Pesticides and Public Health
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Questions on Pesticides?
- National Pesticide Information Center (NPIC)
- Integrated Pest Management (IPM)
- Prevent Poisonings in Your Home
- Controlling Rodents
- Learn About Chemicals Around Your House
Current as of July 7, 2008
There are a variety of regulatory programs and information sources related to protecting public health. This page focuses on public health problems caused by pests and the role that preventive measures and pesticides may play in protecting people from these health problems.
Why be concerned: Pests such as insects, rodents, and microbes can cause and spread a variety of diseases that pose a serious risk to public health.
What YOU can do: There are a variety of ways that you can control pests and the risks they may pose. Use the links below to learn more about pests, public health, pesticides, and actions you can take to safely control pests and protect your health.
On this page:
- Public Health Issues and Pests
- Safely Control Pests and Protect Your Health
- Regulation of Pesticides with Public Health Uses
- For More Information
Debilitating and deadly diseases that can be caused or spread by pests such as insects, rodents, and microbes pose a serious risk to public health. Examples of significant public health problems that are caused by pests include:
- Vector-Borne Diseases – Infectious diseases such as West Nile virus, Lyme disease, and rabies can be carried and spread by vector (disease-carrying) species such as mosquitoes, ticks, and rodents. EPA registers several pesticide products, including repellents, that may be used to control the vectors that spread these diseases.
- Asthma and Allergies – Indoor household pests such as cockroaches can contribute to asthma and allergies. In addition to registering products to control these pests, EPA also provides information to the public about safely using these products in homes and schools.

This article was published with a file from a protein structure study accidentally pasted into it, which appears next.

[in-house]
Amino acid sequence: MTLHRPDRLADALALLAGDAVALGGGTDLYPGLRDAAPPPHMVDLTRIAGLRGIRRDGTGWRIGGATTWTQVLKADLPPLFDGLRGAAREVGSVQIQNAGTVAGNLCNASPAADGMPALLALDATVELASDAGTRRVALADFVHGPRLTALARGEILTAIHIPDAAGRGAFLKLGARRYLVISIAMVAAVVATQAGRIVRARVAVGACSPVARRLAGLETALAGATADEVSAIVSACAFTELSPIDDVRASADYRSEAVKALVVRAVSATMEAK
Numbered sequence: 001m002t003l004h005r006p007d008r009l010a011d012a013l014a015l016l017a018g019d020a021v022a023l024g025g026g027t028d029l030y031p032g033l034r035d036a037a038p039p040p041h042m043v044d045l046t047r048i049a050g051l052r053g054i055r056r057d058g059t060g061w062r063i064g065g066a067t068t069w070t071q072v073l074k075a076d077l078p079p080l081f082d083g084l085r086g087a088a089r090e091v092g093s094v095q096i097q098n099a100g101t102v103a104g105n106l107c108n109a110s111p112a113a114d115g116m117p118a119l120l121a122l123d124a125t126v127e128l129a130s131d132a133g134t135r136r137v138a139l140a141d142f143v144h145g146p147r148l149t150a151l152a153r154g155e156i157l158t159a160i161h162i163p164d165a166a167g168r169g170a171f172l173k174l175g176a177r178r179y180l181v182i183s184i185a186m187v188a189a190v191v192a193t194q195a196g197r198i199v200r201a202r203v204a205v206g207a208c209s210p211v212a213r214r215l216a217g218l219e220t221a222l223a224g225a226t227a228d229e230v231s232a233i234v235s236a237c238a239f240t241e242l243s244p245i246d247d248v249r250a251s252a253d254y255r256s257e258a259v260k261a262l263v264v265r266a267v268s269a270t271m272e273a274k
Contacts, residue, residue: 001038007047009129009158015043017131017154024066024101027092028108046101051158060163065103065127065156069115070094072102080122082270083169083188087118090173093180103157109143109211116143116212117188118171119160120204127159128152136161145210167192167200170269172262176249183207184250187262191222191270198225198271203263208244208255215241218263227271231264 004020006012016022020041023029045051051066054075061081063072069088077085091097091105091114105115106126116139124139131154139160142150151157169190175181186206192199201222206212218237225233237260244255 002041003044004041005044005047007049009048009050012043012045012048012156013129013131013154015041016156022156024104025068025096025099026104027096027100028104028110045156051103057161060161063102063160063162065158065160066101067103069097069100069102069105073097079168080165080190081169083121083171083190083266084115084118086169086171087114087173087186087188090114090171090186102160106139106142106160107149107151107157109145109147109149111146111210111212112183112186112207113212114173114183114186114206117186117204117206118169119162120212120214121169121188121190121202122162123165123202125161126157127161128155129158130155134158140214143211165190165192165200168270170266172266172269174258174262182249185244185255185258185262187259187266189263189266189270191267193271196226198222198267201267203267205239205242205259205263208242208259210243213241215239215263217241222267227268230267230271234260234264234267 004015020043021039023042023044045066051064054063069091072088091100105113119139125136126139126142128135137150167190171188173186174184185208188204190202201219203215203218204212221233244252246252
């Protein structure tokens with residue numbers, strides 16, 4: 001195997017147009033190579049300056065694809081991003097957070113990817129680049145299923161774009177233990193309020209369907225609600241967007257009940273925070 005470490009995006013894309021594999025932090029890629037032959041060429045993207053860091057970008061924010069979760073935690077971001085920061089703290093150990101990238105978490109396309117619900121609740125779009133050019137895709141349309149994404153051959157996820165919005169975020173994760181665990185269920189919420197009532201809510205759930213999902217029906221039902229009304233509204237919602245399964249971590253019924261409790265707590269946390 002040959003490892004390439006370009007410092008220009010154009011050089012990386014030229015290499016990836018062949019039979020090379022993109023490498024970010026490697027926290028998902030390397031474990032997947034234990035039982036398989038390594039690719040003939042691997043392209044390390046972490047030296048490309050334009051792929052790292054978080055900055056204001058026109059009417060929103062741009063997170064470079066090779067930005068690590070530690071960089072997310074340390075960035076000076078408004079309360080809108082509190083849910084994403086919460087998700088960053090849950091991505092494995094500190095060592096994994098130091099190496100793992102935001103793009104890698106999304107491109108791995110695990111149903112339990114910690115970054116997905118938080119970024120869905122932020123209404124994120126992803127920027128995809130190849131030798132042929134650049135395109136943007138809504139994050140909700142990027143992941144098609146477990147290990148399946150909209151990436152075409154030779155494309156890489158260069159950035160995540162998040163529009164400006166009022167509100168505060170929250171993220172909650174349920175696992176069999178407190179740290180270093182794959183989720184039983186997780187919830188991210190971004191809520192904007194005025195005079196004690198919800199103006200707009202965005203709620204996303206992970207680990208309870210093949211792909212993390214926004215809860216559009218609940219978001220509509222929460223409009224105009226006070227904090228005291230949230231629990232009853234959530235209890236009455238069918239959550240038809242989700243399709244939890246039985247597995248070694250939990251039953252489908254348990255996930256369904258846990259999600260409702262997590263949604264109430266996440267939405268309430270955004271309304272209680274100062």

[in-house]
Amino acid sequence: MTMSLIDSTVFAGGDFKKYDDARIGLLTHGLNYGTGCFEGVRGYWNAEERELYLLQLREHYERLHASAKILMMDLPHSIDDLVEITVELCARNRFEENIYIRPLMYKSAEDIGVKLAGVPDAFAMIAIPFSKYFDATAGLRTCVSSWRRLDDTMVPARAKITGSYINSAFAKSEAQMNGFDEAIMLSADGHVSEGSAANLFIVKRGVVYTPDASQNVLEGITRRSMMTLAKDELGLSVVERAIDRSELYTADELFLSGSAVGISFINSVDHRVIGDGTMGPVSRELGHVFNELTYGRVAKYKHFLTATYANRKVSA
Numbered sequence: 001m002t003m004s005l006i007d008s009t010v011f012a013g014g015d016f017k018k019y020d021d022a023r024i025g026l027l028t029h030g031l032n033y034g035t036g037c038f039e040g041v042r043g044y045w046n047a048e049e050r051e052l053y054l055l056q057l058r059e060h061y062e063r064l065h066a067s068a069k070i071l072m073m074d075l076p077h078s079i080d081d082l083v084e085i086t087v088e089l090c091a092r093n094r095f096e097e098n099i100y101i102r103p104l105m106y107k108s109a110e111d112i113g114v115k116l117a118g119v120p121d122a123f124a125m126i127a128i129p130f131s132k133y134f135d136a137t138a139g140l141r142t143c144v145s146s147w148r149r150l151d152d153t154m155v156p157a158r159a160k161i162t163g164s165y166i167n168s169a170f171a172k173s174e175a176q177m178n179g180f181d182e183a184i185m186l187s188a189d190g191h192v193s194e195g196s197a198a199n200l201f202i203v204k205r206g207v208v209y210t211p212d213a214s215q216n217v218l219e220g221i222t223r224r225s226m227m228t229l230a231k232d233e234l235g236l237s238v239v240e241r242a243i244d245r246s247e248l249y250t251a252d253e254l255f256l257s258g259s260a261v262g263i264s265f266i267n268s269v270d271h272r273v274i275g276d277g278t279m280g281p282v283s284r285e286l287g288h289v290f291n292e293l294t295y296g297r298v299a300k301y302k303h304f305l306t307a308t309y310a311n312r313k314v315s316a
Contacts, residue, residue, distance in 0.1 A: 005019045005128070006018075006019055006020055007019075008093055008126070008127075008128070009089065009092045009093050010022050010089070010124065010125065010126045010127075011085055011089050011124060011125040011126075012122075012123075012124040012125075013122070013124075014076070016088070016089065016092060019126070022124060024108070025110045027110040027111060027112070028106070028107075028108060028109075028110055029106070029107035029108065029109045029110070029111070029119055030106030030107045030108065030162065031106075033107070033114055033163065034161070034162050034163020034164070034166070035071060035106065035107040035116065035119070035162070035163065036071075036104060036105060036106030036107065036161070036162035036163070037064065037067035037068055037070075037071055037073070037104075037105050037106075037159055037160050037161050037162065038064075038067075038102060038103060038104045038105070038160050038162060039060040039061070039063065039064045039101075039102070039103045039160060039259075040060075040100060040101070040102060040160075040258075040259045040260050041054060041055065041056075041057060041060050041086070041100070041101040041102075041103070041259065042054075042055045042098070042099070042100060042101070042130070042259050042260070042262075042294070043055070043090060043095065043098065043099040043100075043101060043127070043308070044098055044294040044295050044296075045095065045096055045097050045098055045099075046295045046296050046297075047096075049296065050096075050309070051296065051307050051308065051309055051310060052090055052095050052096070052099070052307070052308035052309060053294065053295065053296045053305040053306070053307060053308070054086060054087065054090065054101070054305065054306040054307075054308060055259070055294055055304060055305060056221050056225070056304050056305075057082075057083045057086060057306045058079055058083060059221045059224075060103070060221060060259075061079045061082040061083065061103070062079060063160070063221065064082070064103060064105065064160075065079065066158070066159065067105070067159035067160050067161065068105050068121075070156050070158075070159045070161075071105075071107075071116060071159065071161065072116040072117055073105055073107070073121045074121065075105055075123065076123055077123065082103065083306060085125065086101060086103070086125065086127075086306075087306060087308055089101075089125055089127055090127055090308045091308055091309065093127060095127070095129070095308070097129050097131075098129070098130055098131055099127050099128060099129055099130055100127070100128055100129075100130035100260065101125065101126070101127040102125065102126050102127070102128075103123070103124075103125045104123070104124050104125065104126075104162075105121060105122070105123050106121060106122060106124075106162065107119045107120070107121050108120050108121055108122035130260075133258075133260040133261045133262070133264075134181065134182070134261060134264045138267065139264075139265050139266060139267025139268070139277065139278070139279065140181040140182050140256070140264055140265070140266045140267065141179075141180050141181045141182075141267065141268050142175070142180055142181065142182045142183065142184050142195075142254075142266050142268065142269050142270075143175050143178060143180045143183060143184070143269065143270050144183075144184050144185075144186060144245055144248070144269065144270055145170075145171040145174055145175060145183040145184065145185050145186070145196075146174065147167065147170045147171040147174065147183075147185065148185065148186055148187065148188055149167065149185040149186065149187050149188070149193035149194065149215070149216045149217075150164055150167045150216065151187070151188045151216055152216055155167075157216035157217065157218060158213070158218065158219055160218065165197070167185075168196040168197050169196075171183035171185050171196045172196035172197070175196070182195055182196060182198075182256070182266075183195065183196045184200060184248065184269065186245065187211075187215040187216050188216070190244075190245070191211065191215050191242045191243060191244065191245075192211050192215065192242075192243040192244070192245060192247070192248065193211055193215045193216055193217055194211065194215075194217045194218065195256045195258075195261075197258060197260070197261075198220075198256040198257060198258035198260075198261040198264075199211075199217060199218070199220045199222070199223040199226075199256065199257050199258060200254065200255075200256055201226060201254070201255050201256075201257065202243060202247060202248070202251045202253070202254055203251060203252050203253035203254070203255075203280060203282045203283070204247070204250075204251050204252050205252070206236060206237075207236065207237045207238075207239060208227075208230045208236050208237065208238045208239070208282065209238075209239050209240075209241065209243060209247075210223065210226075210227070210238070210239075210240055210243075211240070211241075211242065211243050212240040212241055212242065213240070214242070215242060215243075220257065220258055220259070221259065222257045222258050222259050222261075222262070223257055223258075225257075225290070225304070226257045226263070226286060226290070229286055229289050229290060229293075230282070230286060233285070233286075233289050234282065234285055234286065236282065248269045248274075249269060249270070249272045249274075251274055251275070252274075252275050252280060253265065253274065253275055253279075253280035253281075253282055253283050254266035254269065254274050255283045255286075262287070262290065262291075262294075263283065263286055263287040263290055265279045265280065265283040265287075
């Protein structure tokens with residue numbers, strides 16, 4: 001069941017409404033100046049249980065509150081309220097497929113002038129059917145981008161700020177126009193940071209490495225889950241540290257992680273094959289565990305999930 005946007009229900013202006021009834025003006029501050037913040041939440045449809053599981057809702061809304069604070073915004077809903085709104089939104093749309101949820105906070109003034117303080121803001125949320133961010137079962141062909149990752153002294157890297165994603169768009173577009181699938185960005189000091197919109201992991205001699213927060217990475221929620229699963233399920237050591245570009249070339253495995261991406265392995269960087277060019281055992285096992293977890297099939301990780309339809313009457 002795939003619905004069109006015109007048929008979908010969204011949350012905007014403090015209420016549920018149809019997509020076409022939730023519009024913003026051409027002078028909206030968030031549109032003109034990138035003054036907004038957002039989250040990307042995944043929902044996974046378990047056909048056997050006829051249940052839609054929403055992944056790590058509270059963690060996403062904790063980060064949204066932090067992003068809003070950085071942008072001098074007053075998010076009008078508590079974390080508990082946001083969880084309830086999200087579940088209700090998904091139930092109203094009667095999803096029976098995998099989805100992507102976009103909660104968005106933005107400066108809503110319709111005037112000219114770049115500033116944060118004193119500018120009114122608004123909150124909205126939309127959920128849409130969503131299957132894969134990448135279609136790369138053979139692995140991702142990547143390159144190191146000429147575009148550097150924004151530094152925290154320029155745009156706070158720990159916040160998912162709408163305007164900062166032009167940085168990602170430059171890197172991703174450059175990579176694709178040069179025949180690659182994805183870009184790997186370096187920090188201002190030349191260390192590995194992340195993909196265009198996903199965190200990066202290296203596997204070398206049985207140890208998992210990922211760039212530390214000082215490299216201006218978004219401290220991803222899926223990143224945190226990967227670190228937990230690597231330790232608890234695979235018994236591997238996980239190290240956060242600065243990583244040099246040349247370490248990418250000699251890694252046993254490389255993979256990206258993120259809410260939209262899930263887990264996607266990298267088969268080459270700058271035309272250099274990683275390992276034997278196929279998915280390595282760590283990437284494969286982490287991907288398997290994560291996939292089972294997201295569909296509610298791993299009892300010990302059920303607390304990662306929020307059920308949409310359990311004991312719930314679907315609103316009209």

- Microbial Contamination – Various microorganisms, including bacteria, viruses, and protozoans, can cause microbial contamination in hospitals, public health clinics, and food processing facilities. EPA registers antimicrobial products intended to control these microorganisms and help prevent the spread of numerous diseases.
- Avian Flu – Avian flu, sometimes called bird flu, is an infection that occurs naturally and chiefly in birds. Infections with these viruses can occur in humans, but the risk is generally low for most people. EPA works to register and make available antimicrobial pesticide products (sanitizers or disinfectants) that may be used to kill avian influenza virus on inanimate surfaces and to help prevent the spread of avian flu viruses. These products are typically used by the poultry industry to disinfect their facilities.
- Prions – Certain proteins found in cells of the central nervous system of humans and animals may exist in abnormal, infectious forms called “prions.” Prions share many characteristics of viruses, and may cause fatal diseases. In 2004, EPA determined that prions are considered to be a pest under FIFRA, and that products used to control prions are subject to EPA regulation.
- Anthrax –Biological agents such as Bacillus anthracis spores can cause a threat to public health and national security. EPA has issued emergency exemptions for several pesticides that were used in anthrax spore decontamination efforts, including (but not limited to): bleach, chlorine dioxide, ethylene oxide, hydrogen peroxide and peroxyacetic acid, methyl bromide, paraformaldehyde, and vaporized hydrogen peroxide.